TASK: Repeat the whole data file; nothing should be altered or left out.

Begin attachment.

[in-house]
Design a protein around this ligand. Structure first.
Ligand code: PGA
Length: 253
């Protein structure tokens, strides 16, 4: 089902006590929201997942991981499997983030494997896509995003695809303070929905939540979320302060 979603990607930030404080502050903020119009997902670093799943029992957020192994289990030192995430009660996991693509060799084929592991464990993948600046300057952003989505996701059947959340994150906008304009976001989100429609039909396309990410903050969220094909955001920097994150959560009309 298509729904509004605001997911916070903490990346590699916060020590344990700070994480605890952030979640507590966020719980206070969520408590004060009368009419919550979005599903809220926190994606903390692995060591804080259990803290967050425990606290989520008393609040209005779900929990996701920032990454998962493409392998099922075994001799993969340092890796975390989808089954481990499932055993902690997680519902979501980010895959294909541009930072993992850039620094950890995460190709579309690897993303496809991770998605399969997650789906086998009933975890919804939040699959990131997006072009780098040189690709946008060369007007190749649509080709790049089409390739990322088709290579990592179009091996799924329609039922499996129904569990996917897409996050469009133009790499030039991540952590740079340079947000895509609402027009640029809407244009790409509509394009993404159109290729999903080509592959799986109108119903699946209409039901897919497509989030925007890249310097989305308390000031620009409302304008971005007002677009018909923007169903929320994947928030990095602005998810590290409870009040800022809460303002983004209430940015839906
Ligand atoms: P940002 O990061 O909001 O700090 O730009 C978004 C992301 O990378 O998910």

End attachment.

[in-house]
Design a protein around this ligand. Structure first.
Ligand code: PGA
Length: 253
């Protein structure tokens, strides 16, 4: 089902006590929201997942991981499997983030494997896509995003695809303070929905939540979320302060 979603990607930030404080502050903020119009997902670093799943029992957020192994289990030192995430009660996991693509060799084929592991464990993948600046300057952003989505996701059947959340994150906008304009976001989100429609039909396309990410903050969220094909955001920097994150959560009309 298509729904509004605001997911916070903490990346590699916060020590344990700070994480605890952030979640507590966020719980206070969520408590004060009368009419919550979005599903809220926190994606903390692995060591804080259990803290967050425990606290989520008393609040209005779900929990996701920032990454998962493409392998099922075994001799993969340092890796975390989808089954481990499932055993902690997680519902979501980010895959294909541009930072993992850039620094950890995460190709579309690897993303496809991770998605399969997650789906086998009933975890919804939040699959990131997006072009780098040189690709946008060369007007190749649509080709790049089409390739990322088709290579990592179009091996799924329609039922499996129904569990996917897409996050469009133009790499030039991540952590740079340079947000895509609402027009640029809407244009790409509509394009993404159109290729999903080509592959799986109108119903699946209409039901897919497509989030925007890249310097989305308390000031620009409302304008971005007002677009018909923007169903929320994947928030990095602005998810590290409870009040800022809460303002983004209430940015839906
Ligand atoms: P940002 O990061 O909001 O700090 O730009 C978004 C992301 O990378 O998910």